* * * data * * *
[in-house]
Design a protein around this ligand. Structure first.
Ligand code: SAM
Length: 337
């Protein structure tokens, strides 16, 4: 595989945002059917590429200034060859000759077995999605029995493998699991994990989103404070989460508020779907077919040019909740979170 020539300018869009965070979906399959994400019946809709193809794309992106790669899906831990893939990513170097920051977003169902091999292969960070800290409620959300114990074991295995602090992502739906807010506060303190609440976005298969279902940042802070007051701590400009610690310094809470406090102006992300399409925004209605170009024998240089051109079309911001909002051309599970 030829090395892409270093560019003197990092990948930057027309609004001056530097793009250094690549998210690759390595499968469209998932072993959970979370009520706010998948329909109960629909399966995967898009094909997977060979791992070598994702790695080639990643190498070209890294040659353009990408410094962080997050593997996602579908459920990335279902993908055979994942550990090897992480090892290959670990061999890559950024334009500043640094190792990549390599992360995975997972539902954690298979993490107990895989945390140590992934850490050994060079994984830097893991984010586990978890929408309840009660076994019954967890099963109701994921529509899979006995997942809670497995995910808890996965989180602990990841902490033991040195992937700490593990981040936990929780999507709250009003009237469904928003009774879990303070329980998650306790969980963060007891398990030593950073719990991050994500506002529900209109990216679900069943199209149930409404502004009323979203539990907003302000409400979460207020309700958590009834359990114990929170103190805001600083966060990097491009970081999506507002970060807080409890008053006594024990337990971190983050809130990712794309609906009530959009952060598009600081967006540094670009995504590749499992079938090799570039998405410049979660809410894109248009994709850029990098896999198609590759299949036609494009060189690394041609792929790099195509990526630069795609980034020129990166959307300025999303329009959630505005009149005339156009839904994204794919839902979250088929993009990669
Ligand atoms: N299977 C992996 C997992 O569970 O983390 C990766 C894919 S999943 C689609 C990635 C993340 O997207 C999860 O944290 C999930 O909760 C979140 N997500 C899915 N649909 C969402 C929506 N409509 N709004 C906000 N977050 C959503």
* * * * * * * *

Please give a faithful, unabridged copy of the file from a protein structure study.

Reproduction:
[in-house]
Design a protein around this ligand. Structure first.
Ligand code: SAM
Length: 337
């Protein structure tokens, strides 16, 4: 595989945002059917590429200034060859000759077995999605029995493998699991994990989103404070989460508020779907077919040019909740979170 020539300018869009965070979906399959994400019946809709193809794309992106790669899906831990893939990513170097920051977003169902091999292969960070800290409620959300114990074991295995602090992502739906807010506060303190609440976005298969279902940042802070007051701590400009610690310094809470406090102006992300399409925004209605170009024998240089051109079309911001909002051309599970 030829090395892409270093560019003197990092990948930057027309609004001056530097793009250094690549998210690759390595499968469209998932072993959970979370009520706010998948329909109960629909399966995967898009094909997977060979791992070598994702790695080639990643190498070209890294040659353009990408410094962080997050593997996602579908459920990335279902993908055979994942550990090897992480090892290959670990061999890559950024334009500043640094190792990549390599992360995975997972539902954690298979993490107990895989945390140590992934850490050994060079994984830097893991984010586990978890929408309840009660076994019954967890099963109701994921529509899979006995997942809670497995995910808890996965989180602990990841902490033991040195992937700490593990981040936990929780999507709250009003009237469904928003009774879990303070329980998650306790969980963060007891398990030593950073719990991050994500506002529900209109990216679900069943199209149930409404502004009323979203539990907003302000409400979460207020309700958590009834359990114990929170103190805001600083966060990097491009970081999506507002970060807080409890008053006594024990337990971190983050809130990712794309609906009530959009952060598009600081967006540094670009995504590749499992079938090799570039998405410049979660809410894109248009994709850029990098896999198609590759299949036609494009060189690394041609792929790099195509990526630069795609980034020129990166959307300025999303329009959630505005009149005339156009839904994204794919839902979250088929993009990669
Ligand atoms: N299977 C992996 C997992 O569970 O983390 C990766 C894919 S999943 C689609 C990635 C993340 O997207 C999860 O944290 C999930 O909760 C979140 N997500 C899915 N649909 C969402 C929506 N409509 N709004 C906000 N977050 C959503």